According to the World Wildlife Fund, approximately 5,000 tigers are being held captive in the United States. Six percent of them reside in zoos and similar accredited facilities. The remainder are warehoused in squalid cages in backyards, unaccredited zoos, sideshows, circuses, private breeding facilities, and even a roadside truck stop.

Tiger in NYC apartment

Tiger in NYC apartment

Thirty-two states have banned private ownership of tigers; 10 require a license; and eight states have no regulation. What little regulation does exist to prohibit and protect big cats in captivity is often unenforced. A federal bill to ban the private possession and breeding of big cats – The Big Cats and Public Safety Protection Act – has 114 co-sponsors in the House of Representatives.

Of the 5,000 captive tigers in the U.S., only a lucky few will be rescued and relocated to sanctuaries where their needs take priority. In October, four tigers hit the feline lottery with the opening of a new habitat at the Cleveland Amory Black Beauty Ranch in Texas. Ben Callison, director of the Ranch, speaks to Jane Velez Mitchell about the new sanctuary and big cat captivity:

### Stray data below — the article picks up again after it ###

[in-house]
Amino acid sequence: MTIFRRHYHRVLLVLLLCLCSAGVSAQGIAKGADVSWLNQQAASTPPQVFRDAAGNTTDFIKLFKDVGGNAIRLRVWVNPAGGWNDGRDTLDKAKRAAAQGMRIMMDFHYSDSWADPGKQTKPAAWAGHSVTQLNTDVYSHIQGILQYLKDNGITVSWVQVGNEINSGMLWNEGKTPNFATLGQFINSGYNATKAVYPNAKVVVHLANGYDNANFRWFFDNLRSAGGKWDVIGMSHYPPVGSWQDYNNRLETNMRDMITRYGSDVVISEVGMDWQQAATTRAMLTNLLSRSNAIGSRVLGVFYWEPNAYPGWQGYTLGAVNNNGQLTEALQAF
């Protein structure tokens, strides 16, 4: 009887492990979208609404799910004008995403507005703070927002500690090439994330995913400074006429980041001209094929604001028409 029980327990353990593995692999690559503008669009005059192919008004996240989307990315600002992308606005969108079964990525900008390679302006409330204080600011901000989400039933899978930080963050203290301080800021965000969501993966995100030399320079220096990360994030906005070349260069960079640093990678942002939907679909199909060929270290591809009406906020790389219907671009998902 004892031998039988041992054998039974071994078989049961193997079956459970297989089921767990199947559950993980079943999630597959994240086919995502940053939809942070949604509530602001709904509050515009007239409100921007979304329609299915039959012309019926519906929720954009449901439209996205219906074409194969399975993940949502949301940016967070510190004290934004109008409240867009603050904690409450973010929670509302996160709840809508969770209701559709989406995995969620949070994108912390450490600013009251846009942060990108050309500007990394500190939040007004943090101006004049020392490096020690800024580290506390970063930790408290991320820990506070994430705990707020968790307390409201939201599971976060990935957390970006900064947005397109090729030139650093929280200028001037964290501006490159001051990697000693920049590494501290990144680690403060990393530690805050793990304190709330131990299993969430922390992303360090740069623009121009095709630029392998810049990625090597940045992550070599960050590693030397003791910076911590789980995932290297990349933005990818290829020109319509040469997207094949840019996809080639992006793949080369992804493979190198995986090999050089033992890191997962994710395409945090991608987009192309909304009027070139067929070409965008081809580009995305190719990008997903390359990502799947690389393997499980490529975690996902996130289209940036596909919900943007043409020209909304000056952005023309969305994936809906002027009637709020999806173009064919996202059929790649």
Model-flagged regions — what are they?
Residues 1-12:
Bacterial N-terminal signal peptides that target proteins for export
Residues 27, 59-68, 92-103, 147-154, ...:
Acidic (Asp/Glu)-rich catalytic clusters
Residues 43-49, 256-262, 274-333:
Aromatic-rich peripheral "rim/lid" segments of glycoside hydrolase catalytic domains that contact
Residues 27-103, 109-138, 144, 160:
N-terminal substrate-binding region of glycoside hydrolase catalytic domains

Anastasia & Natalia at Black Beauty Ranch. (Photo: Brandon Wade/HSUS)

Anastasia & Natalia at Black Beauty Ranch. (Photo: Brandon Wade/HSUS)

Even the best of sanctuaries, however, cannot meet the needs of nature’s top predators. In the wild, tigers carve out large territories based on the availability of prey animals and mating partners. They hunt and, in spite of the fact that they are solitary animals, they sometimes share their kill with other tigers. The run 30 – 40 mph, and they can swim up to 18 miles a day.